wildcardjack: I have a plan involving large sheets of white expanded polystyrene foam.


s-media-cache-ak0.pinimg.comView Full Size
 
2018-03-03 11:03:08 PM  
I say we rename it Denial NP. It will fit right in with Denali NP.
 
2018-03-03 11:11:34 PM  

wildcardjack: I have a plan involving large sheets of white expanded polystyrene foam.


You can use H2B labor to slowly push them down the valley as part of the reenactment.
 
2018-03-03 11:18:30 PM  

BolloxReader: Without the agricultural revolution we would likely be seeing glacial advance today rather than full retreat and I would hardly suggest that would be any better for many extant species. .


The rate of advance would be much, much slower than the current glacial retreat, and that makes all the difference for species trying to adapt.
 
2018-03-03 11:45:19 PM  
Very quick and dirty
img.fark.netView Full Size
 
2018-03-03 11:55:17 PM  

Stone Meadow: Glacier NP's 150 glaciers were already melting when Americans first cataloged them in the late 1800s...and had been slowly melting for 10,000 to 20,000 years, along with most of the rest of the northern hemisphere's glaciers. So let's not panic over their 'sudden disappearance', because it hasn't been sudden.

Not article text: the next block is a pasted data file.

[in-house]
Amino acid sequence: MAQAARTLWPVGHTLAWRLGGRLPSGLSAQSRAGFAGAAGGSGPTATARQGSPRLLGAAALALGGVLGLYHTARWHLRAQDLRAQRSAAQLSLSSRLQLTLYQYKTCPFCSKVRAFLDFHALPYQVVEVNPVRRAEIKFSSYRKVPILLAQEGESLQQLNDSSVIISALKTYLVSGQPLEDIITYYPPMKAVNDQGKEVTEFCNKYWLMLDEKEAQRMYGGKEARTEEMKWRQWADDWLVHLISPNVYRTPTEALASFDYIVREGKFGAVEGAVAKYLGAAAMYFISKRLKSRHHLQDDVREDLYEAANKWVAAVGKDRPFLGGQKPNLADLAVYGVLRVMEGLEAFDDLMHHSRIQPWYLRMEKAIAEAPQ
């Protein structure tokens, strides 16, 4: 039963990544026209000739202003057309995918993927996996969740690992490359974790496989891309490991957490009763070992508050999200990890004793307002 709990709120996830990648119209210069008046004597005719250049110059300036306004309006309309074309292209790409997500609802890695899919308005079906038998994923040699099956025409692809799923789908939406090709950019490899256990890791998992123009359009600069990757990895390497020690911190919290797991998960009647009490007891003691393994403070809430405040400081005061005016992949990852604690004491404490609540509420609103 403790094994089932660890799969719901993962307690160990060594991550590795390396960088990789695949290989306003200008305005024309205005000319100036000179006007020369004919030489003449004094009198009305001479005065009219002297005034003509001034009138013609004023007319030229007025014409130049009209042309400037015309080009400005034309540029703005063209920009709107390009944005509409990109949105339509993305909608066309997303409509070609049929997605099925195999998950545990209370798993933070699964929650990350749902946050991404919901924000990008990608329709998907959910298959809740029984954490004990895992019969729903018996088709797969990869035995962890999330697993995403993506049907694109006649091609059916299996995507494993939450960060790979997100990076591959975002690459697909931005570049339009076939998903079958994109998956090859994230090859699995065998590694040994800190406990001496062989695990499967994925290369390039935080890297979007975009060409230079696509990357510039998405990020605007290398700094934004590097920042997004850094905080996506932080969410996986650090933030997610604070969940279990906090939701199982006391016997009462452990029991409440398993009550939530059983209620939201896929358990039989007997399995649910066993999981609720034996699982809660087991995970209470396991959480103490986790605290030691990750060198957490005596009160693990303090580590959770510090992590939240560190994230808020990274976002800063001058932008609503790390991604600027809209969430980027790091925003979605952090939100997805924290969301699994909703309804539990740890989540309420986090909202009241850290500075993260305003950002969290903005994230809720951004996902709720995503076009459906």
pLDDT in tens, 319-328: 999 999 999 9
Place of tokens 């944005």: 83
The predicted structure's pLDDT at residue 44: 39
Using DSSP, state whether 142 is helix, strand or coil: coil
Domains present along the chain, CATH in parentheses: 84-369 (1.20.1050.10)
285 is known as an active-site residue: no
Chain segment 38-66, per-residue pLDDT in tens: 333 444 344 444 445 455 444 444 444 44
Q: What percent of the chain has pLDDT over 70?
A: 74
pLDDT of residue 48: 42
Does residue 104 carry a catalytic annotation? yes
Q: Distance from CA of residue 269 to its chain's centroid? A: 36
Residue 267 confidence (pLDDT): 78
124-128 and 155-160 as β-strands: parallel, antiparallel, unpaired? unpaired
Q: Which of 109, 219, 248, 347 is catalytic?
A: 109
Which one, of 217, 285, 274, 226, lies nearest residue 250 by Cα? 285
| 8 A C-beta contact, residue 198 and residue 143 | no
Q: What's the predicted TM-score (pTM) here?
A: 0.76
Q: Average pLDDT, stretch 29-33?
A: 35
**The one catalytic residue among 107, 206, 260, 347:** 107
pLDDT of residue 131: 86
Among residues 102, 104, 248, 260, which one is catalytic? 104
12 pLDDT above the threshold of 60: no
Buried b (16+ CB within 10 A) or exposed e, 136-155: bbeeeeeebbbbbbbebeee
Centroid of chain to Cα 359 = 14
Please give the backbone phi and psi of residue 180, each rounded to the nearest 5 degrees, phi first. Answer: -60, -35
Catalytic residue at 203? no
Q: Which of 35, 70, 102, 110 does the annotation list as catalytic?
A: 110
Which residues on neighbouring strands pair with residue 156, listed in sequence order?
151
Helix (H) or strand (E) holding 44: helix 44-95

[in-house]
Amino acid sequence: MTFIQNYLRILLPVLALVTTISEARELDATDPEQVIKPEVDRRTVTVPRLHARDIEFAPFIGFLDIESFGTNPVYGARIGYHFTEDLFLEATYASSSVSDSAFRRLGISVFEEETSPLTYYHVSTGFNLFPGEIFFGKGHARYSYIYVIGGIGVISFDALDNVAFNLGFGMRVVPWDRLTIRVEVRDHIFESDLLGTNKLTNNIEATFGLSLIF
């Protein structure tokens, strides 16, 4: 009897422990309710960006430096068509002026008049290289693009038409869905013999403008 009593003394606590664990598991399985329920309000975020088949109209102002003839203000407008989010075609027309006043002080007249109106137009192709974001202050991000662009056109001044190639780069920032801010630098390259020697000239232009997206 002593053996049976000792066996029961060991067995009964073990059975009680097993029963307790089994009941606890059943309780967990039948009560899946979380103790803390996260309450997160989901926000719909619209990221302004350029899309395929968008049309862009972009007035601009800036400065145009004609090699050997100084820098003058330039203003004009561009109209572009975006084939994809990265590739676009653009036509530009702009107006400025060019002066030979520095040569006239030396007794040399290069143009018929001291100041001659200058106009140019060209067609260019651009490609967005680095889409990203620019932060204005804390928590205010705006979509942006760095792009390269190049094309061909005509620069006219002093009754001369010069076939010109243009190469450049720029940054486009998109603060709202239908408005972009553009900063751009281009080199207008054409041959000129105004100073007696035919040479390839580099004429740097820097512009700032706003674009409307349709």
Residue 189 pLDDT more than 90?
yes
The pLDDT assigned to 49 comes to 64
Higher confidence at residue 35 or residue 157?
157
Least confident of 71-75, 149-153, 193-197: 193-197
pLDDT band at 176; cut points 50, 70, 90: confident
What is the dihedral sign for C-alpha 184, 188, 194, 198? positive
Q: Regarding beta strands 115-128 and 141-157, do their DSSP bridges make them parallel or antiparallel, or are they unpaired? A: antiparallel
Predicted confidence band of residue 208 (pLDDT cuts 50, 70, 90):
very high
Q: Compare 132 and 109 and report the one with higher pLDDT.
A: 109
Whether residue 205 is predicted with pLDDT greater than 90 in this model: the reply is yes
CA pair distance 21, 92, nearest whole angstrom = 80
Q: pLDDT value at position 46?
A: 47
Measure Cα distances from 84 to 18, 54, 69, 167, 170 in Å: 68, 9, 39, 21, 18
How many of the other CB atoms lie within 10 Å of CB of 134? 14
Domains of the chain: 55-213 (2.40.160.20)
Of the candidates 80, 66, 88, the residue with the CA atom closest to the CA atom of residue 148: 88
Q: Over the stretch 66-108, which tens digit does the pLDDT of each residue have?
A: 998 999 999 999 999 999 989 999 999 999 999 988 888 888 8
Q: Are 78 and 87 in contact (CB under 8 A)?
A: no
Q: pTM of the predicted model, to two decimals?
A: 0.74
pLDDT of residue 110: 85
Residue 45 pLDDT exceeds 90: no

Moreover, about 95% of North American glaciers have been in on-and-off retreat since the end of the Little Ice Age around 1750. Some faster than others, and some have hung on or even grown a bit where circumstances are right. Glacier Bay in Alaska has been studied and measured since 1795, and it was retreating even before that.

That's no reason not to ameliorate human contributions to global warming, though. But let's not pretend that's the full story.


What you're saying here isn't the full story either. The issue is one of differing rates. Global average temperatures have been increasing since the end of the little ice age, which would be commensurate with the retreat in glaciers that you mention. The problem is that there has been a rapid increase in rate, especially during the 20th century. To fail to mention these vastly different rates of change is very misleading.
 
2018-03-04 12:15:23 AM